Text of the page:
I don’t really know enough about it at this stage. I’m sure it will be ok to discuss things without linking to specific sites.
I’m also pretty sure that established news sites like it when bloggers link to them. The whole concept of search engine optimisation and inbound marketing is based on people linking to your material. It all sounds a bit upside down to me!
One thing I’ve heard is that as the law’s currently drafted, nobody can opt out of this “link tax”. In other words, a news’ site can’t say, “we’re happy for people to link to us and not pay, we’d rather have the publicity than the payment for copyright”. They have to be paid whether they want it or not! Another issue is the implications for wordpress (and other similar platforms). They could fear they will incur liabilities. I’ve also heard talk of expense compulsory algorithims and even licenses.
This could be fear-mongering and exaggeration. I’ve heard claims from “the law’s so vague it could amount to nothing – it’ll all be in the interpretation” to ” this is the death of independent content creation on the web”.
All I’m saying is it’s something to look into before it’s too late. Not that there’s much that can be done about it because it’s an EU regulation so lobbying your MP is useless. MEPs may get a vote on it later.
In fairness to Moeen Ali, didn’t he make a similar comment last year after a match where he’d got a high score? A reporter was praising his sixes, and in response he pointed out that playing like that he could easily have chipped it up and been out for a very low score.
So he’s aware that this style of play has risks as well as rewards, and he tries to deflect credit for success as well as criticism for failure. That’s an impressive kind of humility, and rare to see in sportspeople.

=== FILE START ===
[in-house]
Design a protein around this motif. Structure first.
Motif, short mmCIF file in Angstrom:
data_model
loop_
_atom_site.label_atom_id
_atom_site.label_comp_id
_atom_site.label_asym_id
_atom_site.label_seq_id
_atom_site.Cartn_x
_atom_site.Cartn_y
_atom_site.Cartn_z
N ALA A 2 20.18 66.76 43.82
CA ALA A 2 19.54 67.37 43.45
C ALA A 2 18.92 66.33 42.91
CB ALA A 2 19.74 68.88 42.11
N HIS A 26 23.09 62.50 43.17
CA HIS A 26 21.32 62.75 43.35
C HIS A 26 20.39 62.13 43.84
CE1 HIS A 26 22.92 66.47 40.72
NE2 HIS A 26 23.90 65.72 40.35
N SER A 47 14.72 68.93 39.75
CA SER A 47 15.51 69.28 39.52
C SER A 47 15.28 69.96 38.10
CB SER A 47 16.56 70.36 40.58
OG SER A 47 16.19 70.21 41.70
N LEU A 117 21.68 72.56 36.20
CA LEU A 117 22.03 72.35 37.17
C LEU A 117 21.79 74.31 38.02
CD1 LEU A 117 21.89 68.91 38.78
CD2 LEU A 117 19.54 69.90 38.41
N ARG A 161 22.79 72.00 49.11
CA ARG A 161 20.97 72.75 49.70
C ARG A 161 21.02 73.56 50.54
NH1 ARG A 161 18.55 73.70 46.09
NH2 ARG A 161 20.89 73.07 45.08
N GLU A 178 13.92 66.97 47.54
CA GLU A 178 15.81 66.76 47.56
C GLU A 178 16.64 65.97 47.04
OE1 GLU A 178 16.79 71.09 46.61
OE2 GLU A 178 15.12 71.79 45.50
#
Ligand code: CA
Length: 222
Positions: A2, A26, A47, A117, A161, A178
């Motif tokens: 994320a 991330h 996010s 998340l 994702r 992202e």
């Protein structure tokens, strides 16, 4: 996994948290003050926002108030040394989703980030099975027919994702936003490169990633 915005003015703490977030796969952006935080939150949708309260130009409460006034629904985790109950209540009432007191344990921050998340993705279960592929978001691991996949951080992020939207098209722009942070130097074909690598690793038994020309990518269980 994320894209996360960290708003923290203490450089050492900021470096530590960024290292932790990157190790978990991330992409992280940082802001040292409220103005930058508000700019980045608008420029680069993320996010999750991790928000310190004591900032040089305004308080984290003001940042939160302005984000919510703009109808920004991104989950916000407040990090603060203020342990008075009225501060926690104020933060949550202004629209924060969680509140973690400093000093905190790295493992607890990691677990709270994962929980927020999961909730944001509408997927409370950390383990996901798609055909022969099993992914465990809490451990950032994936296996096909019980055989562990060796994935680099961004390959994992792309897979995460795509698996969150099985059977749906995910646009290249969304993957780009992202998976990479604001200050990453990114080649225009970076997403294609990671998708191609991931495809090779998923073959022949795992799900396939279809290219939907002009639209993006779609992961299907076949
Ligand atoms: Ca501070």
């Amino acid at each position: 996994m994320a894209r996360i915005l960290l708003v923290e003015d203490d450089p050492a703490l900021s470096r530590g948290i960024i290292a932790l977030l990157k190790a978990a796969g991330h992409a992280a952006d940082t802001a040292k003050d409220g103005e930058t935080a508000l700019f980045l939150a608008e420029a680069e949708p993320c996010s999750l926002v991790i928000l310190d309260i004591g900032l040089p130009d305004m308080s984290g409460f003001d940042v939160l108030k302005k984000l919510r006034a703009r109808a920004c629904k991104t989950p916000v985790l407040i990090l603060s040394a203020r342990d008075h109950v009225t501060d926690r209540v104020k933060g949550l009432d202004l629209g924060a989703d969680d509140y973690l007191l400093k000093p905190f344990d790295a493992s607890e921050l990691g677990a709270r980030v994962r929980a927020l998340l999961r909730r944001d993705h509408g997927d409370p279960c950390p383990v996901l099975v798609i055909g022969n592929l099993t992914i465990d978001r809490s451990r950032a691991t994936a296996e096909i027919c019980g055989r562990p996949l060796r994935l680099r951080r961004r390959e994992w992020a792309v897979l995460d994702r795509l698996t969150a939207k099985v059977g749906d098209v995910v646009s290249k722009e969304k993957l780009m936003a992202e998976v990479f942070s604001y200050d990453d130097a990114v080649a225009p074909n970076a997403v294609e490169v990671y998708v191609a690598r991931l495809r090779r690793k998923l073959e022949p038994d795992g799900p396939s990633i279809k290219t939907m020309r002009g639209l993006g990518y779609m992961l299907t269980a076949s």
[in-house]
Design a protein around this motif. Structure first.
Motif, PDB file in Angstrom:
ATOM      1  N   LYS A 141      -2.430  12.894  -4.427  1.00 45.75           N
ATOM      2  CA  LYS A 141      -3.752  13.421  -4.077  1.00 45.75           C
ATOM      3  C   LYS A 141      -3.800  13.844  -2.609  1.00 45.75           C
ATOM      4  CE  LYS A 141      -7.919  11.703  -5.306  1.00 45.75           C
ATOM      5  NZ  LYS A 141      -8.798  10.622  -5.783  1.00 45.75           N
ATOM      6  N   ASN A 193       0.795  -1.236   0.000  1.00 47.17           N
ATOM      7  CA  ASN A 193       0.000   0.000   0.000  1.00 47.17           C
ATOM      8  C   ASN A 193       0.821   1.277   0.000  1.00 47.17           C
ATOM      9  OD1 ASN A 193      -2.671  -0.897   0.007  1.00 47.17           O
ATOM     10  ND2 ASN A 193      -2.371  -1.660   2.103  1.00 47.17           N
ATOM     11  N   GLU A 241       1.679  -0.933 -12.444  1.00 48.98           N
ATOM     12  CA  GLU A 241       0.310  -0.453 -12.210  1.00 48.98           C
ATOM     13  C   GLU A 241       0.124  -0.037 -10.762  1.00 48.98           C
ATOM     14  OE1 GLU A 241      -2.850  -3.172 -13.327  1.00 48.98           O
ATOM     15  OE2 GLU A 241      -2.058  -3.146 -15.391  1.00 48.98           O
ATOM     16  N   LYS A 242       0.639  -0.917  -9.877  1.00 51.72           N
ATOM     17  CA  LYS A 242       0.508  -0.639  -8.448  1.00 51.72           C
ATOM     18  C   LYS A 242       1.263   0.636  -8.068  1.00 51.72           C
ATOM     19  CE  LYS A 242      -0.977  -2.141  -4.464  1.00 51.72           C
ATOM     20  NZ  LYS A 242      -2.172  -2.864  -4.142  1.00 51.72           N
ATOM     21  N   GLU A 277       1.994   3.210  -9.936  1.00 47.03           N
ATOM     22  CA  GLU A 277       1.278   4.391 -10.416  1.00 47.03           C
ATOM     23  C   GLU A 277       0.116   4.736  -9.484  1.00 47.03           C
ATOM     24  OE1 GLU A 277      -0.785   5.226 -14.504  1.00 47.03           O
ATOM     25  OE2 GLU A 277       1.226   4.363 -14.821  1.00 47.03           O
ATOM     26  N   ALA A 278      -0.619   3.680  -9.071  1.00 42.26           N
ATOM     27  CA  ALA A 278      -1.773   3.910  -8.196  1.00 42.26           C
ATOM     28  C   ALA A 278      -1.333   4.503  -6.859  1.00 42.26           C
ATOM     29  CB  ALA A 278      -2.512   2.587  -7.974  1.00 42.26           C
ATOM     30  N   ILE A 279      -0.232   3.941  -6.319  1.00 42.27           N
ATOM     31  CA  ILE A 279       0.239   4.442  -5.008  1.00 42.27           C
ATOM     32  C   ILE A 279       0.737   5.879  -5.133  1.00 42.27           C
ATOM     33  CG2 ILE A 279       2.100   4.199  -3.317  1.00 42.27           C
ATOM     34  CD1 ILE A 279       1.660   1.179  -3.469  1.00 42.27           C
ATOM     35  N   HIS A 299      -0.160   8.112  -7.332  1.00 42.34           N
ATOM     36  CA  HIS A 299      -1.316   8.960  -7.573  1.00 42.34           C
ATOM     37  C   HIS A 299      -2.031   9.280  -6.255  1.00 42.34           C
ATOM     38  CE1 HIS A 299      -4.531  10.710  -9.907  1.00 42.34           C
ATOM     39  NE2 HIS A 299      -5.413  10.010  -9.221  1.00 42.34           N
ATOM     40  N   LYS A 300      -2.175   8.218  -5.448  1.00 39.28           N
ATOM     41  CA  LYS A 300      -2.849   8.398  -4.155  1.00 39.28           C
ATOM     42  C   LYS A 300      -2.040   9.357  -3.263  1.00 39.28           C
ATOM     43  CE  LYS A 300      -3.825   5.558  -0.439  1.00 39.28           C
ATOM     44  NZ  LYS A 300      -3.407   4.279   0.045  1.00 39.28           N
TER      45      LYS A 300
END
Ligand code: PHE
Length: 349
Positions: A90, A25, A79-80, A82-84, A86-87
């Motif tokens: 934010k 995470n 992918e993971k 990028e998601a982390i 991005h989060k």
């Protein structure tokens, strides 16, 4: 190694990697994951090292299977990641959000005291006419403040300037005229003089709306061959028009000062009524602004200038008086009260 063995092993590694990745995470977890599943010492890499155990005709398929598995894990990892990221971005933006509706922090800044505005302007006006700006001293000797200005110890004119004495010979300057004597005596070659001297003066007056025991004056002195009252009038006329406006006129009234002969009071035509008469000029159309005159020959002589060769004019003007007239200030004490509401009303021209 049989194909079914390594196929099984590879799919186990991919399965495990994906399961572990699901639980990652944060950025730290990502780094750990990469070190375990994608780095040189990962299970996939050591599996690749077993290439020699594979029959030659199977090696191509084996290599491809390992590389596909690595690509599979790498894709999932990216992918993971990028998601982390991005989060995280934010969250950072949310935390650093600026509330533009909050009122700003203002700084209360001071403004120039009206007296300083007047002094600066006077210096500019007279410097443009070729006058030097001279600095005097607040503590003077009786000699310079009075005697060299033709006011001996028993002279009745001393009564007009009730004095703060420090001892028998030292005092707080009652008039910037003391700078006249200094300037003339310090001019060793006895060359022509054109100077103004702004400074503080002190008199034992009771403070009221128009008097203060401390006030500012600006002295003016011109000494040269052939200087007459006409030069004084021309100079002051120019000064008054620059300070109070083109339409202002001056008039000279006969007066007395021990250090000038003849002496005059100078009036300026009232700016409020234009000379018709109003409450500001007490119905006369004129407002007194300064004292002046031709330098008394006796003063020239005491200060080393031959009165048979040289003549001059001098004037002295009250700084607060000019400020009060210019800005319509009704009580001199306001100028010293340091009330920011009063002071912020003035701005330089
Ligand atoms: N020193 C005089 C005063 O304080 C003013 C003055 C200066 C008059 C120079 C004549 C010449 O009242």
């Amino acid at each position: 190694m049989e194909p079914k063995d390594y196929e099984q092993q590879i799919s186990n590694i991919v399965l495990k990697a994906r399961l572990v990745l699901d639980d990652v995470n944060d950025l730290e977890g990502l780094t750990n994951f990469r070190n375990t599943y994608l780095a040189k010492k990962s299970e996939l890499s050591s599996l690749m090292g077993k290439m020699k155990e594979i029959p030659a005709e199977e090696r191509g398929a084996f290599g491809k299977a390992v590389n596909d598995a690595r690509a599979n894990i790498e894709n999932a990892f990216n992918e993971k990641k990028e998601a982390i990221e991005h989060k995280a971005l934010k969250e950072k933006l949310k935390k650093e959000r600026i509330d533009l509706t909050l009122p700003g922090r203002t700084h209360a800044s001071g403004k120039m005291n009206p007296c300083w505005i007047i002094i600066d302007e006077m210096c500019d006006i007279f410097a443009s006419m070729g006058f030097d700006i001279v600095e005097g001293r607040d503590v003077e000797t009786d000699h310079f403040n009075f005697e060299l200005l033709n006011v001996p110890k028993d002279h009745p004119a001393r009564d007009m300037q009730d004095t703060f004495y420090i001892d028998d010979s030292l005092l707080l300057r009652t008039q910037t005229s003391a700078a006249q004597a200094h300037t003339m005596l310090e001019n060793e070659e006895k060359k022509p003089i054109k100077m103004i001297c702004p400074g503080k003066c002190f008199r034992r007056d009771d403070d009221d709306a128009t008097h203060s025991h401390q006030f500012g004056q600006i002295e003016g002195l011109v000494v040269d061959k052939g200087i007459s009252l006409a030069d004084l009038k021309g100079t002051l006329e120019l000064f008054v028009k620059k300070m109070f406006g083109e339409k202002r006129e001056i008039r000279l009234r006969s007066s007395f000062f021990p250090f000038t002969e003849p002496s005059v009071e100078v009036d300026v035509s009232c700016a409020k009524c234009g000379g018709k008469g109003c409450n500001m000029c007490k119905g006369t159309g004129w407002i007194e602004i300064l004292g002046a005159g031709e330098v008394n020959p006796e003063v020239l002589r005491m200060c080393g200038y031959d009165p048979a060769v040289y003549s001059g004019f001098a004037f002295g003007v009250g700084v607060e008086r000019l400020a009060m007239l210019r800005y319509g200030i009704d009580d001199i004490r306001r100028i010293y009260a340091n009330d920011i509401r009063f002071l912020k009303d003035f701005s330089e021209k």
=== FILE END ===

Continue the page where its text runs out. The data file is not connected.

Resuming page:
It stems from a mindless mantra about fearlessness. This was shoved down players’ throats and is from the top down. I think the England team role model was Brendon McCullum not KP – to be fair to KP he played that way in T20. But he had a much more sophisticated approach to batting otherwise. The approach ties in with the ECB demand that England play entertaining cricket even if they lose. Morgan always reiterates this. I was surprised to hear Broad advocating this on the basis we will win more matches than we lose. A kind of stats thing rather than play each game on its own merits thing. The no brains directive is afflicting the Test matches as well, hence they go hard at the ball. Teams thus trained need flat matches to perform well. On the other hand the opposition might perform well on flat pitches. After a while it does leave batsmen exposed to decent bowling. Hence Roy and Hales are looking more vulnerable than they used to. Even a good a batsman as Root has got into some bad habits. Bayliss is a lazy coach with an one-eyed approach. He isn’t going to change. Luck plays a bigger role in risky batting. It’s a gamble. Is that macho?